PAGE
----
Insulin

Medical Specialties: Cardiology, Endocrinology, Internal medicine


Clinical Definition

Insulin is a polypeptide hormone produced by the pancreas that is secreted into the blood to regulate how the body processes carbohydrates and fats, including the conversion of glucose to glycogen. Insulin and its normal cellular response results in blood sugar levels normalizing after a meal as glucose enters the cells, where it is burned for energy or stored for future use as glycogen.


In Our Own Words

Insulin is a natural hormone that everyone has in the healthy state, but insulin preparations are also medicines taken by certain diabetics who need them. Normally, every time you eat something, the pancreas releases insulin, a hormone that allows your body to use glucose. This hormone helps the body move glucose from the bloodstream into the cells and tissues to be used for energy or to be stored as glycogen. . Some people can no longer make insulin, or their body does not respond to regular amounts of insulin (insulin resistance), which results in the condition known as diabetes. All type 1 diabetics need insulin; for people with type 2 diabetes, oral medications can help many patients compensate for insulin resistance. But over time, the ability of the overtaxed pancreas to secrete insulin may run down, creating the need for insulin therapy.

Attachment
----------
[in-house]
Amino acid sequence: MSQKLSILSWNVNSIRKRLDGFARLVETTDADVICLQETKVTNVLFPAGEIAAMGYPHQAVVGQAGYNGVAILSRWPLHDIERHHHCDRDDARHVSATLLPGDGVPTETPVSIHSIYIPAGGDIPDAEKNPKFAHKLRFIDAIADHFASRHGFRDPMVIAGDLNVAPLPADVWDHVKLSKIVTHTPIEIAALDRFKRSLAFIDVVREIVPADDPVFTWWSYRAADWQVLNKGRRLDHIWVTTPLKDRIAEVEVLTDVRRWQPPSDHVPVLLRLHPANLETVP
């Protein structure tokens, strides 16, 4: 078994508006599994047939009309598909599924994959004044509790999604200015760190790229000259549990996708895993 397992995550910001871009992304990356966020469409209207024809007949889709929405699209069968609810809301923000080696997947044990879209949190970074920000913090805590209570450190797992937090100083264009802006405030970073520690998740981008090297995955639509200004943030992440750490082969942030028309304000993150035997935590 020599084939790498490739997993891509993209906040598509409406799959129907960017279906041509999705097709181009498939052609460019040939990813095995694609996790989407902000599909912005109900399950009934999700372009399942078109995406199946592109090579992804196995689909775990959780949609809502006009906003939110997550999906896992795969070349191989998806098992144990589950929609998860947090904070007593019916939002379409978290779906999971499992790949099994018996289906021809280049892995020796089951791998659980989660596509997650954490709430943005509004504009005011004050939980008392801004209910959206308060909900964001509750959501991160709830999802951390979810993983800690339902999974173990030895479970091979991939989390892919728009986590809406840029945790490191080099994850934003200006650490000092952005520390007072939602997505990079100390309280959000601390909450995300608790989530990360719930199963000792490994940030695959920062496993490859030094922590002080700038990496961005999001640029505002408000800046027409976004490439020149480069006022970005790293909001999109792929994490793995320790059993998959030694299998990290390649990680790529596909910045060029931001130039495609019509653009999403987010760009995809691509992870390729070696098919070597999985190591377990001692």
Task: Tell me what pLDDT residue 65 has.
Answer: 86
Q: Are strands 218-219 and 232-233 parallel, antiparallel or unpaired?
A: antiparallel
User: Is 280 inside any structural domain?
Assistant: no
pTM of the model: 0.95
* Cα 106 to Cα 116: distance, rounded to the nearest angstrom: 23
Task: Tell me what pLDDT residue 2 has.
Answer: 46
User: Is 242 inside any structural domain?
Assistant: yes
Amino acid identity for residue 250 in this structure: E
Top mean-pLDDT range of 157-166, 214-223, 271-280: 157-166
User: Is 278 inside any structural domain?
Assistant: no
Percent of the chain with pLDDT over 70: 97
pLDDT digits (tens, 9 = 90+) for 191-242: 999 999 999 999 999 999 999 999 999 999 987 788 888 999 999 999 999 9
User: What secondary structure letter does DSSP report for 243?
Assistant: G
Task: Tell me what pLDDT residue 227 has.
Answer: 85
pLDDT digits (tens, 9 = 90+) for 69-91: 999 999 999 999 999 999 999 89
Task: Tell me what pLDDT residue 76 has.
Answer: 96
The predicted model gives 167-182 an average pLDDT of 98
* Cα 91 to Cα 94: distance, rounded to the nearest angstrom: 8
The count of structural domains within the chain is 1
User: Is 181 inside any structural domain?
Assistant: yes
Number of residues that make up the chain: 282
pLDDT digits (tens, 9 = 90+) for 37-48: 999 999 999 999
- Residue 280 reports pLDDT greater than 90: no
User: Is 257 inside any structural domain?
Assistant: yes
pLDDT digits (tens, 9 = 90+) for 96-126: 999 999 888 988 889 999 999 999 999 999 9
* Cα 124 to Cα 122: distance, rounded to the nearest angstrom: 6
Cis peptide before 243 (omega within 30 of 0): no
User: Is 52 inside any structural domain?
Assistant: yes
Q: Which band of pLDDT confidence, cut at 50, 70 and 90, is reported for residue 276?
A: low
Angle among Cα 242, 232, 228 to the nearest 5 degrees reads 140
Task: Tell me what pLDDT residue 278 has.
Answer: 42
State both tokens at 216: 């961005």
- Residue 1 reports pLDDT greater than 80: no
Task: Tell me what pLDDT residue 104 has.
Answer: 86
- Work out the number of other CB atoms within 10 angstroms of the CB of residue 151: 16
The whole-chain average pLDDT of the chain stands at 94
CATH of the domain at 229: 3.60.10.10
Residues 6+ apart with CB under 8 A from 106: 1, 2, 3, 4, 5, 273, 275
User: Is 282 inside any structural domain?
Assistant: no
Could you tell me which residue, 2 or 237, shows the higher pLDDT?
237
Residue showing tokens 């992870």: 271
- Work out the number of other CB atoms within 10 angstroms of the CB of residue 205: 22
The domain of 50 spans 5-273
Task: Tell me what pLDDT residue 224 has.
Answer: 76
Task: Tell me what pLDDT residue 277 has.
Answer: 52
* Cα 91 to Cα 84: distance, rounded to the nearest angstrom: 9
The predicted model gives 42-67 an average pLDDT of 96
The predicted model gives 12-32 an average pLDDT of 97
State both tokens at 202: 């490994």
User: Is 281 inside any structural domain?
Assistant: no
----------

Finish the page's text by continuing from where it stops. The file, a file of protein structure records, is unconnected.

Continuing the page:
Relevant Conditions
  • Diabetes
  • Metabolic syndrome
Common Types
  • Natural/endogenous
  • Therapeutic (long-acting insulin, regular insulin, insulin glargine, etc.)
Side Effects
  • Hypoglycemia
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